Vinnie Viola has had a tough year.
It got a little bit better on Saturday as dusk settled in on Gulfstream Park.
Viola owns the Florida Panthers hockey club, which is winding down its season as one of the biggest disappointments in the NHL, out of the playoffs after opening as -- by his players’ own estimation -- a Stanley Cup contender. Along the way he was nominated by President Donald Trump to be U.S. Secretary of the Army but had to withdraw over business conflicts.
Saturday, all he did was win. All he did was smile.
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Saturday, his four-legged athlete performed a heck of a lot better than his two-legged players on skates have.
A horse Viola owns, the aptly named Always Dreaming, won the 66th running of the Florida Derby at Gulfstream to vault itself among favorites in thoroughbred racing’s Triple Crown season starting with the Kentucky Derby on May 6. The second betting favorite, Always Dreaming led throughout and held off a too-late charge by the heavy favorite Gunnevera, which finished third after State Of Honor.
Viola, 60, was asked if the Florida Derby triumph marking the emergence of his rising-star horse made up for the Panthers’ failures.
“No!” he answered a reporter quickly, but smiling. “Anything less than a Stanley Cup is nothing less than total failure. But thanks for bringing that up. Thanks for balancing my zen at this moment of glee.”
Viola’s championship-or-bust expectations for his hockey team now transfer to what he expects of Always Dreaming.
“If we do [in the Kentucky Derby] at least what we did today, I’ll be greatly disappointed,” he said.
Viola owns another horse, Battalion Runner, that was a healthy scratch from the Florida Derby and also will be among contenders at Churchill Downs.
The team behind him -- trainer Todd Pletcher and jockey Johnny Velazquez -- is as good it gets in this sport.
Velazquez guided Always Dreaming expertly as Gunnevera waited so long to make his move that the jockey could barely see him in his rear view.
“I asked him to keep his mind on business,” Velazquez said of his 3-year-old. “Finally he got to relax in the backstretch.”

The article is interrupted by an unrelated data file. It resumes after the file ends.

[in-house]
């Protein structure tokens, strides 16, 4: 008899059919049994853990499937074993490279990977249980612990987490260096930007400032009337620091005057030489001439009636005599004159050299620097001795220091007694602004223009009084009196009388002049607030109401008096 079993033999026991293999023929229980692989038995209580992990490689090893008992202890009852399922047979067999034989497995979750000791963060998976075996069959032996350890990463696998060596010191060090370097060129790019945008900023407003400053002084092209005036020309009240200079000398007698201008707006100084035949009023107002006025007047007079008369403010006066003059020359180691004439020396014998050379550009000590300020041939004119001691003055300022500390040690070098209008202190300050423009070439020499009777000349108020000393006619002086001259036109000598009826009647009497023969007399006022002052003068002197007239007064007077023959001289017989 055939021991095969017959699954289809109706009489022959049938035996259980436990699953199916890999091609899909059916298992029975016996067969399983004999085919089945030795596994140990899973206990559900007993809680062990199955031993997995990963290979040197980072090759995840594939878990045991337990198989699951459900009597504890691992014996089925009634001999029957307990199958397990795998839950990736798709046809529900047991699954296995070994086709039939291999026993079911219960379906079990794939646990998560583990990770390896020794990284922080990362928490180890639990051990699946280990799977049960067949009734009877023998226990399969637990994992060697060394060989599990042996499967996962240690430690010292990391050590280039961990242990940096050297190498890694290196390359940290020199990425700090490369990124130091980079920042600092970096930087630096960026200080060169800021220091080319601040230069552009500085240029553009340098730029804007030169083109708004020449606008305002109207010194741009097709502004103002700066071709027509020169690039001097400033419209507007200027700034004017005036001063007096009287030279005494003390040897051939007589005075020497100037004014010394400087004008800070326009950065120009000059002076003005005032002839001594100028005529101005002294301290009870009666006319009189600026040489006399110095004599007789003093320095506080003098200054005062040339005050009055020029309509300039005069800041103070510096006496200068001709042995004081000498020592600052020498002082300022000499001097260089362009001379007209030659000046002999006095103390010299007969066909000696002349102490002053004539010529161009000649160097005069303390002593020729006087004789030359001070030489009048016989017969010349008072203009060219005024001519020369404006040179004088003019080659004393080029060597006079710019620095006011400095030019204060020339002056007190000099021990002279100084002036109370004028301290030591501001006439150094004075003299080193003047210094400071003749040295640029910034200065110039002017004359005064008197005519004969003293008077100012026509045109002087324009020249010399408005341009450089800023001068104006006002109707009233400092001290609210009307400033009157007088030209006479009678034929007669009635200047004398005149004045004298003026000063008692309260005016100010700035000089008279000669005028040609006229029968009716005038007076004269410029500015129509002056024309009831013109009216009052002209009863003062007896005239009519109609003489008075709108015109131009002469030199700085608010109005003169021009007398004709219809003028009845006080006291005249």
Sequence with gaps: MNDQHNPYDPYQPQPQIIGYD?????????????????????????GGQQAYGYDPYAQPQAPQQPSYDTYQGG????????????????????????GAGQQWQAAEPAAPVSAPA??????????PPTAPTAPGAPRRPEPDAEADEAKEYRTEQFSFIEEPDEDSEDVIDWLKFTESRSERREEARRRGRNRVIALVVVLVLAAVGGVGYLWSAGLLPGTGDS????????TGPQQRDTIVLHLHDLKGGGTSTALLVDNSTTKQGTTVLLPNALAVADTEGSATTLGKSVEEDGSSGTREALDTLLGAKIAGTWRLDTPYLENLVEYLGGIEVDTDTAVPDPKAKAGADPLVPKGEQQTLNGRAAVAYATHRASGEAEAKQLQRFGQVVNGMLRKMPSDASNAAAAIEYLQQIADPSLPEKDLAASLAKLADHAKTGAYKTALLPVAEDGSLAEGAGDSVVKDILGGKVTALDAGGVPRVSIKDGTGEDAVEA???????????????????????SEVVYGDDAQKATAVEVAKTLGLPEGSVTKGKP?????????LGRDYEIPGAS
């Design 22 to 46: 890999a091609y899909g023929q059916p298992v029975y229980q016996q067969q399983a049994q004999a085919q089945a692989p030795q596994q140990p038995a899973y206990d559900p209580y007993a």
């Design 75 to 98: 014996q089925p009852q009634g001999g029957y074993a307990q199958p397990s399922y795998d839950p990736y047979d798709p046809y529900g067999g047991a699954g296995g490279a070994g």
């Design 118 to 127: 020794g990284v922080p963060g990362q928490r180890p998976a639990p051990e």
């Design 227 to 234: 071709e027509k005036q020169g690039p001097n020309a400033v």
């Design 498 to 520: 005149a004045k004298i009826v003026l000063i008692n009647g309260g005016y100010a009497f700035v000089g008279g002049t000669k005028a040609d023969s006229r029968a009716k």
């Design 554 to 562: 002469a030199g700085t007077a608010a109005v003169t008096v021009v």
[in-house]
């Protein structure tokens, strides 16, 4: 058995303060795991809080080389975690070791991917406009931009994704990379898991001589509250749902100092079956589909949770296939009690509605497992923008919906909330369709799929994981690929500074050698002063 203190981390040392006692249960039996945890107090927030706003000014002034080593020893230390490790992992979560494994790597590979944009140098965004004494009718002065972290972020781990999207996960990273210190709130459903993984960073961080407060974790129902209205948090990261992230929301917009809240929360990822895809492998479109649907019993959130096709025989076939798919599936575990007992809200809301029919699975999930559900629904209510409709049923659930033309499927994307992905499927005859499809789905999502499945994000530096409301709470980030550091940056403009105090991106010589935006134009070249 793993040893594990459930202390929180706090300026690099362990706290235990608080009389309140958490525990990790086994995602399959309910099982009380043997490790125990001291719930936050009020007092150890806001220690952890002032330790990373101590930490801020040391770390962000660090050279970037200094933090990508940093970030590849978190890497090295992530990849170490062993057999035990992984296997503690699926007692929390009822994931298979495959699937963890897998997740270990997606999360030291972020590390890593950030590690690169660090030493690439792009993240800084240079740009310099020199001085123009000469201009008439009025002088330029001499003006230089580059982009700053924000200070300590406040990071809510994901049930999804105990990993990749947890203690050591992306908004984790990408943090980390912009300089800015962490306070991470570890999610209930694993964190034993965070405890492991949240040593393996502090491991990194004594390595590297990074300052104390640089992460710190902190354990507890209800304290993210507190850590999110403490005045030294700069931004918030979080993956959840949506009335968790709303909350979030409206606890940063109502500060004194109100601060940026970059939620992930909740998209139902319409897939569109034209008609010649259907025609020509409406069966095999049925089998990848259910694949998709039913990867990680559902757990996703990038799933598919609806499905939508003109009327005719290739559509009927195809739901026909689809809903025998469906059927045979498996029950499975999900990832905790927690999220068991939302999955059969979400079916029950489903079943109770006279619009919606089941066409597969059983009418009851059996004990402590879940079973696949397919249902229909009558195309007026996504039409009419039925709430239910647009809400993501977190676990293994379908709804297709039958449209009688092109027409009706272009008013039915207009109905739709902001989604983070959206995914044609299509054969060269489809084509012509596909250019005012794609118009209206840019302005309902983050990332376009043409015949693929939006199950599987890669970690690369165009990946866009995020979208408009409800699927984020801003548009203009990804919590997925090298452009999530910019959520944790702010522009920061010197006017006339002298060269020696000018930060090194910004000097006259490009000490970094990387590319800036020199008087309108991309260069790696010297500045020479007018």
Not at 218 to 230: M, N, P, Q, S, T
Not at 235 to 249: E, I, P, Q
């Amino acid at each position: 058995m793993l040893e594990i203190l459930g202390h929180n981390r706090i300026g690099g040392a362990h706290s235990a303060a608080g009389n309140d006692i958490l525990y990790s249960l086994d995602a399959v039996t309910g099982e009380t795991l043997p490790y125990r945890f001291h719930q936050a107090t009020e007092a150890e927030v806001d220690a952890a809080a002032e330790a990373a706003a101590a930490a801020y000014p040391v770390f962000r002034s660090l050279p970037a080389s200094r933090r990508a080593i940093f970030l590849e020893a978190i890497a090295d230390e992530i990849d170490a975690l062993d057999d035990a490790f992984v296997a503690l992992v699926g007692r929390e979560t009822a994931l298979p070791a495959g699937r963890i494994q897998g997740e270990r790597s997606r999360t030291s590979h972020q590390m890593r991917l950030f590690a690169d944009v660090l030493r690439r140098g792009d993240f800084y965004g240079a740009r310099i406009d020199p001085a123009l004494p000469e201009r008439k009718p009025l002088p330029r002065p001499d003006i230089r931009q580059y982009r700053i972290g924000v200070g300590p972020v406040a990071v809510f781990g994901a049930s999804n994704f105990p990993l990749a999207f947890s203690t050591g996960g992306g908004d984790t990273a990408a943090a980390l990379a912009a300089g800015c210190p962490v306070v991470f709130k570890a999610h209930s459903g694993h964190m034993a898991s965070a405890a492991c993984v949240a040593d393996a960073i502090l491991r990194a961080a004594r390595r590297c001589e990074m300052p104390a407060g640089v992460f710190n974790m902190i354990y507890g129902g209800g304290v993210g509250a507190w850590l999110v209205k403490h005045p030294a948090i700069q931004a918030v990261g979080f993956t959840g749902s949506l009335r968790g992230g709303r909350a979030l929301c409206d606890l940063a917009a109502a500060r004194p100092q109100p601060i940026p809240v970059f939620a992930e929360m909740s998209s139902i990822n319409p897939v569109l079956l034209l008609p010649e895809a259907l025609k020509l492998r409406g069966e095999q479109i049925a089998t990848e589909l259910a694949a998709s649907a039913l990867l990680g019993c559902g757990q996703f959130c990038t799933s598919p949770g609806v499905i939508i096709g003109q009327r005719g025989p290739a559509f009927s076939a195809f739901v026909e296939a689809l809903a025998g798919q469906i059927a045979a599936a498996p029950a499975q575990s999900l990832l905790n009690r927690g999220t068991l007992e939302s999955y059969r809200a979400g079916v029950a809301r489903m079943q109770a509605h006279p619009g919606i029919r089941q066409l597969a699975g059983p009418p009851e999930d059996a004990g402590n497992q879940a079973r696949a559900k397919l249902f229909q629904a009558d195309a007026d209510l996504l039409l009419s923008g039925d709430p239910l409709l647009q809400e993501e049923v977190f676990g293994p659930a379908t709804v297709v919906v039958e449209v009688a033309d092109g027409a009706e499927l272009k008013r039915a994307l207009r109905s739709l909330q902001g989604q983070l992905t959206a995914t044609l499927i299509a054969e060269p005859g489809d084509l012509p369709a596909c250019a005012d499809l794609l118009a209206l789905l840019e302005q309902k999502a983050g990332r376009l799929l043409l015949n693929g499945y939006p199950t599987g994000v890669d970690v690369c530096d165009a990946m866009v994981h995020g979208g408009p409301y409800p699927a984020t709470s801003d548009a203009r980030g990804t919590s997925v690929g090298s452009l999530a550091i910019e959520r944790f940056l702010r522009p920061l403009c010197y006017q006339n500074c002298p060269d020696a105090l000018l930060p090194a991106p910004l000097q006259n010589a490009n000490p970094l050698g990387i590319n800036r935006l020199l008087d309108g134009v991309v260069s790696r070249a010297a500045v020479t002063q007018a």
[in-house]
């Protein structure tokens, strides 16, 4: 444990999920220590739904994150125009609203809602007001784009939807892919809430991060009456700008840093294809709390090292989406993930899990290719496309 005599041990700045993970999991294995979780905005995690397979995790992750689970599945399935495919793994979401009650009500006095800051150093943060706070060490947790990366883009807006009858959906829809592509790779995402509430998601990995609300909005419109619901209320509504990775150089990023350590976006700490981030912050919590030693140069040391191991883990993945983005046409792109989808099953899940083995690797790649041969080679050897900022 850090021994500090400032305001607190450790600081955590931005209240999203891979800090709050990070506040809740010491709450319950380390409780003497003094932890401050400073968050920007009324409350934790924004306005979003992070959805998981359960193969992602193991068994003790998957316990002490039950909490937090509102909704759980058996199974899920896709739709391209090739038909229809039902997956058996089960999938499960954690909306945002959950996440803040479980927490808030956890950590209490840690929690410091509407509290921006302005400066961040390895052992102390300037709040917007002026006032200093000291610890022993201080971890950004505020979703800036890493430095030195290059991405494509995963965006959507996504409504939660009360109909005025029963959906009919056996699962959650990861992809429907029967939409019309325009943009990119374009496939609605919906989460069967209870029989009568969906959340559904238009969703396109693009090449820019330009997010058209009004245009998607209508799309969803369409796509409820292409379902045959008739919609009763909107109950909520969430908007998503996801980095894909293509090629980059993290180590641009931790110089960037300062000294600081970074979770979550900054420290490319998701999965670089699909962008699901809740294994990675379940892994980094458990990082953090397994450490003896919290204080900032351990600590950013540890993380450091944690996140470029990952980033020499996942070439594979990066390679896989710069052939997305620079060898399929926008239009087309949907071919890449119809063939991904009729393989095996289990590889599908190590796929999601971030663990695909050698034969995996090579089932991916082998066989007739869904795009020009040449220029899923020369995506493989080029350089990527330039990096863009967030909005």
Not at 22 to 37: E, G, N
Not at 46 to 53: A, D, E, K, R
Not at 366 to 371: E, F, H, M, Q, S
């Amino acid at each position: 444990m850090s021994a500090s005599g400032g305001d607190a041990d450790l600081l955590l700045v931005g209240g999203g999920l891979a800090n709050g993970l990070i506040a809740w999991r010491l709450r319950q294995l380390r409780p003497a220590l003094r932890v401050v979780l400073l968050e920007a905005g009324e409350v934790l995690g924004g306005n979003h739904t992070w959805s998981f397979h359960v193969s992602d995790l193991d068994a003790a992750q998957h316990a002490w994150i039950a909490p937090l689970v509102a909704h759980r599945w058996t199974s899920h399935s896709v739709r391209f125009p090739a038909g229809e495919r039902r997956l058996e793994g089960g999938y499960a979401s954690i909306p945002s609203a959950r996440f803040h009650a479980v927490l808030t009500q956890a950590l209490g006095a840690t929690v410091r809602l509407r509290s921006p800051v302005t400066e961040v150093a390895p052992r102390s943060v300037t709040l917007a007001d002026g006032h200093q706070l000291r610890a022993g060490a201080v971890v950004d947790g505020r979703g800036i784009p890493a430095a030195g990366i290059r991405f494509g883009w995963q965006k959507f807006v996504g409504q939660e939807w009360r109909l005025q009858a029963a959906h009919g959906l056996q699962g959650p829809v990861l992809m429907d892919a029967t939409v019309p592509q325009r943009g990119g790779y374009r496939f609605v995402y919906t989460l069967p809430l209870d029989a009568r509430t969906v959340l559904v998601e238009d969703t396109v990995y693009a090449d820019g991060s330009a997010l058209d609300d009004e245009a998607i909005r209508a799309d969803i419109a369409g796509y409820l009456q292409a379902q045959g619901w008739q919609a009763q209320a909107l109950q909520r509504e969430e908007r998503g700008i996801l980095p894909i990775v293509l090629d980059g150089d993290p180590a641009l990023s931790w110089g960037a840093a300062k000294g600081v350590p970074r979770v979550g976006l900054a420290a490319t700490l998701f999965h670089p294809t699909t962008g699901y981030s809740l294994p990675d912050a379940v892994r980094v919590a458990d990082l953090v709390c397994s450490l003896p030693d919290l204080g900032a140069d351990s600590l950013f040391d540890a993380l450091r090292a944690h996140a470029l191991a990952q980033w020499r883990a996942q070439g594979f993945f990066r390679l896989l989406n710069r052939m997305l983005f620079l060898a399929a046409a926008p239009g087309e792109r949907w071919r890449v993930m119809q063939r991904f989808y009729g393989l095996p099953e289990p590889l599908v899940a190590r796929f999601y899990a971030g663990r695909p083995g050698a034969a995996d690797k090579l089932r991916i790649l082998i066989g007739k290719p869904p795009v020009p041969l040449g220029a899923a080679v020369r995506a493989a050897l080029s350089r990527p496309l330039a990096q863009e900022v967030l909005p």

Viola’s love of horses was handed down from his father in his native New York, at tracks like Aqueduct and Belmont.
“I don’t know how he got me in,” Viola said, maybe half-kiddingly. “He used to quiz me on the odds...”
Viola co-owns Brooklyn Boyz Stables along with his childhood friend, Anthony Bonomo, who was at his elbow on the victors’ dais Saturday.
“The best thing for me,” said Viola, “is I’m sitting next to a guy that I grew up with since I was 6, 7, 8 years old and know from the old neighborhood.”
Said Bonomo: “It’s magical. The dream is to get a horse like this. And so a kid from Brooklyn whose real experience with horses was watching them pull fruit carts now gets to go to Kentucky and one of the biggest races with people you love. That’s what it’s really all about.”
Bonomo mentioned a neighborhood bar in the Brooklyn neighborhood of Williamsburg where friends of his and Viola’s were surely watching the race and cheering its finish.
“I can guarantee you Vinnie is getting a big bar bill next week,” said Bonomo, “because all the drinks are on him now.”
Horse racing is not in robust health in general but still arises as the Sport of Kings when the races are big, like the Grade 1, $1 million Florida Derby. It is refreshing to see the horses as the main star of the horsetrack on occasion, when places like Gulfstream can become less about the racing than the casino and poker and restaurants and entertainment.
The crowd that packed Gulfstream Saturday came for one of the great annual events in South Florida sports, an annual institution since 1952.
As someone who makes his living covering Miami sports I liken it to a menu at a favorite restaurant. The Dolphins, Heat, Marlins, Hurricanes and Viola’s Panthers -- they are the meat and potatoes. But events like the Florida Derby are the specials.
Saturday reminded us that the best stories in sports deconstruct as intimate and personal.
A horse named Always Dreaming won a big race, led by a star trainer and a star jockey. Really, though, it was the story of a couple of childhood buddies from Brooklyn who grew up to share this day.